Should Mayor Warren suspend the gas leaf blower ban for the next two weeks?

Under Newton’s new leaf blower ordinance, gas powered leaf blowers cannot be used from Memorial Day to Labor Day.

But the legislation also includes this provision:

During times of emergency caused by a storm or other special circumstance, the Mayor or his designee may temporarily suspend application of all or a portion of this section for purposes of cleaning up from such storm or other special circumstance.

Based on what I’ve been reading about the giant tar spot virus, this seems to be one of those times when Mayor Warren should make an exception. This is not an argument against the ban itself but specifically because

TAB asks: Is Newton violating its own summer leaf blower ban?

Wicked Local Newton posted these photos with this explanation.

A resident sent in photos taken earlier this week of the campus of Newton South High School, clippings from recently mowed grass either still in place or having been blown to the street or sidewalk. The city’s updated leaf blower law, which went into effect earlier this year, prohibits the use of gas-powered leaf blowers in the summer. Electric or battery-powered blowers are allowed, but apparently the city’s contractor did not use them to clean the debris.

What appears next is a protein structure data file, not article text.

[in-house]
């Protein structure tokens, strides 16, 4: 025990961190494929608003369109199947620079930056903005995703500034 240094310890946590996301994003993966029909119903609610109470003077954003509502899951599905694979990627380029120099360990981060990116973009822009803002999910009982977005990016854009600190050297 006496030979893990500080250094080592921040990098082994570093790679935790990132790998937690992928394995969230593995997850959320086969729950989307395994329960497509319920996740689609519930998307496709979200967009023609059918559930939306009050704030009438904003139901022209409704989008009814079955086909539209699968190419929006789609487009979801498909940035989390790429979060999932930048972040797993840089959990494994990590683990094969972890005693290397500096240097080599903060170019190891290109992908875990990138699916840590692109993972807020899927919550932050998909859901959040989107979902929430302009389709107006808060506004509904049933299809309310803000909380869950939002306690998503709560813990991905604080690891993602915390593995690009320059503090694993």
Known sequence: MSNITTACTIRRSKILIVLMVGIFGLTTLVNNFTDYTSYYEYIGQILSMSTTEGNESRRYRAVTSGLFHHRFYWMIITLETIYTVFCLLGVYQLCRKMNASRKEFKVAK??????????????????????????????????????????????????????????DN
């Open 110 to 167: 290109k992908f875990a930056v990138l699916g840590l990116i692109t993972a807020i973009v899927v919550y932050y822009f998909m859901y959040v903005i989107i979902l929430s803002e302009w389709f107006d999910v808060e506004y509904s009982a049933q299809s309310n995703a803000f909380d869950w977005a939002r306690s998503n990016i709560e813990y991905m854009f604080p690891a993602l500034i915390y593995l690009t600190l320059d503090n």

What exactly were Newton’s landscapers trying to say last night?

I’m generally sympathetic to the Newton landscapers’ concerns about the impact of a leaf blower ban on their livelihood. But I really did not follow the “Immigrant Lives Matter” signs they displayed at City Hall Monday evening. Can someone explain?

TAB editorial: Newton leaf blower plan goes too far

TAB editorial: Newton leaf blower plan goes too far

Read the full editorial here.  

The voices of those bothered by leaf blowers have been heard loud and clear — especially during the past couple years. Their complaint is understandable: The blowers are indeed noisy and at times they are improperly utilized. Even many landscapers understand this.

But the regulations as proposed by P&S go too far — and in some cases could exacerbate the situation through unintended consequences. Consider this: If the 65-decibels limit were to be enforced (it currently is not, even though it is on the books) it would take two blowers to do the work of one, requiring more manpower by landscapers and probably taking longer per job. In other words: more expensive landscaping bills and an extended duration of noise.

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